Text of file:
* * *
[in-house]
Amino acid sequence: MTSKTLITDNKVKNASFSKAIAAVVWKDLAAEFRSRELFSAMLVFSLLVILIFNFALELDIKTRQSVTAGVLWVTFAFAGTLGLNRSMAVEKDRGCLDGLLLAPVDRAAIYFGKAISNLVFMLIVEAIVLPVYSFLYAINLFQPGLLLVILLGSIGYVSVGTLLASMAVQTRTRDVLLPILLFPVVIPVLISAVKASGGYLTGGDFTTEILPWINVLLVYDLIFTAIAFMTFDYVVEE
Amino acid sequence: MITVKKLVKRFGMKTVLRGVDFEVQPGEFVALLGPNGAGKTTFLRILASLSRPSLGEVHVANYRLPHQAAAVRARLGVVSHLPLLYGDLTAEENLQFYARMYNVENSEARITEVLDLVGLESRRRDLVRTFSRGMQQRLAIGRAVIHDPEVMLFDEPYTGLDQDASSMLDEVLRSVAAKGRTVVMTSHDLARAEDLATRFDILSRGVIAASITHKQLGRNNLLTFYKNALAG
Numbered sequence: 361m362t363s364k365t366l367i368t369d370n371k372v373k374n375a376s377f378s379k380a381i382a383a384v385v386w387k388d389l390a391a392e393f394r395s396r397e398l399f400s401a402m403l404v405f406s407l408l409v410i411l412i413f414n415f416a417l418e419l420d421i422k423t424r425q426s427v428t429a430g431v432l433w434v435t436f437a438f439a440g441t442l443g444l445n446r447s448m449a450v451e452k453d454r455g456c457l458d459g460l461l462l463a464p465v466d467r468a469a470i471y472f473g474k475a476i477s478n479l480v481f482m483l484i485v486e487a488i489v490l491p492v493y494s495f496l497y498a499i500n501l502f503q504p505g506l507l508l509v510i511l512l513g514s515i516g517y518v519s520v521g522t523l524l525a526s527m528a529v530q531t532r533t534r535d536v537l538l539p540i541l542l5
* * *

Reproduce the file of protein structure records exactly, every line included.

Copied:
[in-house]
Amino acid sequence: MTSKTLITDNKVKNASFSKAIAAVVWKDLAAEFRSRELFSAMLVFSLLVILIFNFALELDIKTRQSVTAGVLWVTFAFAGTLGLNRSMAVEKDRGCLDGLLLAPVDRAAIYFGKAISNLVFMLIVEAIVLPVYSFLYAINLFQPGLLLVILLGSIGYVSVGTLLASMAVQTRTRDVLLPILLFPVVIPVLISAVKASGGYLTGGDFTTEILPWINVLLVYDLIFTAIAFMTFDYVVEE
Amino acid sequence: MITVKKLVKRFGMKTVLRGVDFEVQPGEFVALLGPNGAGKTTFLRILASLSRPSLGEVHVANYRLPHQAAAVRARLGVVSHLPLLYGDLTAEENLQFYARMYNVENSEARITEVLDLVGLESRRRDLVRTFSRGMQQRLAIGRAVIHDPEVMLFDEPYTGLDQDASSMLDEVLRSVAAKGRTVVMTSHDLARAEDLATRFDILSRGVIAASITHKQLGRNNLLTFYKNALAG
Numbered sequence: 361m362t363s364k365t366l367i368t369d370n371k372v373k374n375a376s377f378s379k380a381i382a383a384v385v386w387k388d389l390a391a392e393f394r395s396r397e398l399f400s401a402m403l404v405f406s407l408l409v410i411l412i413f414n415f416a417l418e419l420d421i422k423t424r425q426s427v428t429a430g431v432l433w434v435t436f437a438f439a440g441t442l443g444l445n446r447s448m449a450v451e452k453d454r455g456c457l458d459g460l461l462l463a464p465v466d467r468a469a470i471y472f473g474k475a476i477s478n479l480v481f482m483l484i485v486e487a488i489v490l491p492v493y494s495f496l497y498a499i500n501l502f503q504p505g506l507l508l509v510i511l512l513g514s515i516g517y518v519s520v521g522t523l524l525a526s527m528a529v530q531t532r533t534r535d536v537l538l539p540i541l542l5